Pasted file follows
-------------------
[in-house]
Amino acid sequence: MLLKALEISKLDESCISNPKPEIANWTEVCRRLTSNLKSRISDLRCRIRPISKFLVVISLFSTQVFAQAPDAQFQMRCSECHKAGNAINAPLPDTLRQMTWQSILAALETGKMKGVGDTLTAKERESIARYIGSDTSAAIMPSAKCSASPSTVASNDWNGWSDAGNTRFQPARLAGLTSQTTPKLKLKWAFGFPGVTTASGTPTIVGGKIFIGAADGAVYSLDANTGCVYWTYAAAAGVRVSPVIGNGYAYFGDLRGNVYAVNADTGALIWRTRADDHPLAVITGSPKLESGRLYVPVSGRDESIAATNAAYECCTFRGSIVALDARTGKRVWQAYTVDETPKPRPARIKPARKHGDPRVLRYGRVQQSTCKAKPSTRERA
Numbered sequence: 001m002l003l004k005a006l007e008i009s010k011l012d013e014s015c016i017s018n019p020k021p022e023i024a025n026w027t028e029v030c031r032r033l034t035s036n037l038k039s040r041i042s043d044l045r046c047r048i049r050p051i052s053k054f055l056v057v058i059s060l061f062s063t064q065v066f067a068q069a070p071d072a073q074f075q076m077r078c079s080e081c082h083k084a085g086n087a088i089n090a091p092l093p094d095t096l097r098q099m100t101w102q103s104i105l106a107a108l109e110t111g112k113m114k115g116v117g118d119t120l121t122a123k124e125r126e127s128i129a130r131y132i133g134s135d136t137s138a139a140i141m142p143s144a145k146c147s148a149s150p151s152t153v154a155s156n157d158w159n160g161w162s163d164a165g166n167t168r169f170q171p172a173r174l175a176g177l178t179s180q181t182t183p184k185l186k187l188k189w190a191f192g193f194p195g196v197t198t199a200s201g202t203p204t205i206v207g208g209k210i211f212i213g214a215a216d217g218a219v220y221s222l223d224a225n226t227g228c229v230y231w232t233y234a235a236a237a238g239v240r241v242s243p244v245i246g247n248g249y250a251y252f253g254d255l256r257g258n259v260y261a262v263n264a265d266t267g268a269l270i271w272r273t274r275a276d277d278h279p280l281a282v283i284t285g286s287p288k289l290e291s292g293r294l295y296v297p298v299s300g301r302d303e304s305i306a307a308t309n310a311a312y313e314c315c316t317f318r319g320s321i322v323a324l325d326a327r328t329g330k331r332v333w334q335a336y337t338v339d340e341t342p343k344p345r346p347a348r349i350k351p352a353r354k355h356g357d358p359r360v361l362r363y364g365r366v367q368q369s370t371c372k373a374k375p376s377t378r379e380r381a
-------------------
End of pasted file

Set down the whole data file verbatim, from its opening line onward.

[in-house]
Amino acid sequence: MLLKALEISKLDESCISNPKPEIANWTEVCRRLTSNLKSRISDLRCRIRPISKFLVVISLFSTQVFAQAPDAQFQMRCSECHKAGNAINAPLPDTLRQMTWQSILAALETGKMKGVGDTLTAKERESIARYIGSDTSAAIMPSAKCSASPSTVASNDWNGWSDAGNTRFQPARLAGLTSQTTPKLKLKWAFGFPGVTTASGTPTIVGGKIFIGAADGAVYSLDANTGCVYWTYAAAAGVRVSPVIGNGYAYFGDLRGNVYAVNADTGALIWRTRADDHPLAVITGSPKLESGRLYVPVSGRDESIAATNAAYECCTFRGSIVALDARTGKRVWQAYTVDETPKPRPARIKPARKHGDPRVLRYGRVQQSTCKAKPSTRERA
Numbered sequence: 001m002l003l004k005a006l007e008i009s010k011l012d013e014s015c016i017s018n019p020k021p022e023i024a025n026w027t028e029v030c031r032r033l034t035s036n037l038k039s040r041i042s043d044l045r046c047r048i049r050p051i052s053k054f055l056v057v058i059s060l061f062s063t064q065v066f067a068q069a070p071d072a073q074f075q076m077r078c079s080e081c082h083k084a085g086n087a088i089n090a091p092l093p094d095t096l097r098q099m100t101w102q103s104i105l106a107a108l109e110t111g112k113m114k115g116v117g118d119t120l121t122a123k124e125r126e127s128i129a130r131y132i133g134s135d136t137s138a139a140i141m142p143s144a145k146c147s148a149s150p151s152t153v154a155s156n157d158w159n160g161w162s163d164a165g166n167t168r169f170q171p172a173r174l175a176g177l178t179s180q181t182t183p184k185l186k187l188k189w190a191f192g193f194p195g196v197t198t199a200s201g202t203p204t205i206v207g208g209k210i211f212i213g214a215a216d217g218a219v220y221s222l223d224a225n226t227g228c229v230y231w232t233y234a235a236a237a238g239v240r241v242s243p244v245i246g247n248g249y250a251y252f253g254d255l256r257g258n259v260y261a262v263n264a265d266t267g268a269l270i271w272r273t274r275a276d277d278h279p280l281a282v283i284t285g286s287p288k289l290e291s292g293r294l295y296v297p298v299s300g301r302d303e304s305i306a307a308t309n310a311a312y313e314c315c316t317f318r319g320s321i322v323a324l325d326a327r328t329g330k331r332v333w334q335a336y337t338v339d340e341t342p343k344p345r346p347a348r349i350k351p352a353r354k355h356g357d358p359r360v361l362r363y364g365r366v367q368q369s370t371c372k373a374k375p376s377t378r379e380r381a